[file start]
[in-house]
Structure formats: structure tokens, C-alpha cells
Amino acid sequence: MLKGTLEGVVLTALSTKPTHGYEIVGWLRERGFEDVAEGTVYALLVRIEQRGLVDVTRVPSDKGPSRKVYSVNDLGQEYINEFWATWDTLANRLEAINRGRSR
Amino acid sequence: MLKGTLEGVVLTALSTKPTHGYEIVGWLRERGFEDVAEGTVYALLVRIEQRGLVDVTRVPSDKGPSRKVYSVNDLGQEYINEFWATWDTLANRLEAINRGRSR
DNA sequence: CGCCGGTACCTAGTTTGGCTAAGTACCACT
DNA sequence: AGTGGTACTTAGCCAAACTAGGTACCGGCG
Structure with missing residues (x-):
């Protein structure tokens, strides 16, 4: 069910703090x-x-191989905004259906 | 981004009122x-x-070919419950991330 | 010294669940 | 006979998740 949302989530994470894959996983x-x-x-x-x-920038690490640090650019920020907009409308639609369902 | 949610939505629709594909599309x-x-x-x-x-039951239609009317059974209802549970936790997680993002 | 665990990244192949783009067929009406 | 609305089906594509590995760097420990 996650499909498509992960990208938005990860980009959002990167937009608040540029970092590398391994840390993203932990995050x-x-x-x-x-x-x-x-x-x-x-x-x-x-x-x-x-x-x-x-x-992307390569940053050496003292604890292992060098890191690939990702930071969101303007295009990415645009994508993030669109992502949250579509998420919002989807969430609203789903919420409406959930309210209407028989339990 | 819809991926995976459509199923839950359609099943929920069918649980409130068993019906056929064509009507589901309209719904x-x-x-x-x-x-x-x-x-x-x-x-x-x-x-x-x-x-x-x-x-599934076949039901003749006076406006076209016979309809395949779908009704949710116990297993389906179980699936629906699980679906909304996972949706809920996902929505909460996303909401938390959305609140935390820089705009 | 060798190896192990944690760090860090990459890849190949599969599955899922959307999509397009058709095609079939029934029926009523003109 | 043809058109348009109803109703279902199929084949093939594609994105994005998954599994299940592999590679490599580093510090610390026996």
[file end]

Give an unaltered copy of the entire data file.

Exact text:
[in-house]
Structure formats: structure tokens, C-alpha cells
Amino acid sequence: MLKGTLEGVVLTALSTKPTHGYEIVGWLRERGFEDVAEGTVYALLVRIEQRGLVDVTRVPSDKGPSRKVYSVNDLGQEYINEFWATWDTLANRLEAINRGRSR
Amino acid sequence: MLKGTLEGVVLTALSTKPTHGYEIVGWLRERGFEDVAEGTVYALLVRIEQRGLVDVTRVPSDKGPSRKVYSVNDLGQEYINEFWATWDTLANRLEAINRGRSR
DNA sequence: CGCCGGTACCTAGTTTGGCTAAGTACCACT
DNA sequence: AGTGGTACTTAGCCAAACTAGGTACCGGCG
Structure with missing residues (x-):
């Protein structure tokens, strides 16, 4: 069910703090x-x-191989905004259906 | 981004009122x-x-070919419950991330 | 010294669940 | 006979998740 949302989530994470894959996983x-x-x-x-x-920038690490640090650019920020907009409308639609369902 | 949610939505629709594909599309x-x-x-x-x-039951239609009317059974209802549970936790997680993002 | 665990990244192949783009067929009406 | 609305089906594509590995760097420990 996650499909498509992960990208938005990860980009959002990167937009608040540029970092590398391994840390993203932990995050x-x-x-x-x-x-x-x-x-x-x-x-x-x-x-x-x-x-x-x-x-992307390569940053050496003292604890292992060098890191690939990702930071969101303007295009990415645009994508993030669109992502949250579509998420919002989807969430609203789903919420409406959930309210209407028989339990 | 819809991926995976459509199923839950359609099943929920069918649980409130068993019906056929064509009507589901309209719904x-x-x-x-x-x-x-x-x-x-x-x-x-x-x-x-x-x-x-x-x-599934076949039901003749006076406006076209016979309809395949779908009704949710116990297993389906179980699936629906699980679906909304996972949706809920996902929505909460996303909401938390959305609140935390820089705009 | 060798190896192990944690760090860090990459890849190949599969599955899922959307999509397009058709095609079939029934029926009523003109 | 043809058109348009109803109703279902199929084949093939594609994105994005998954599994299940592999590679490599580093510090610390026996």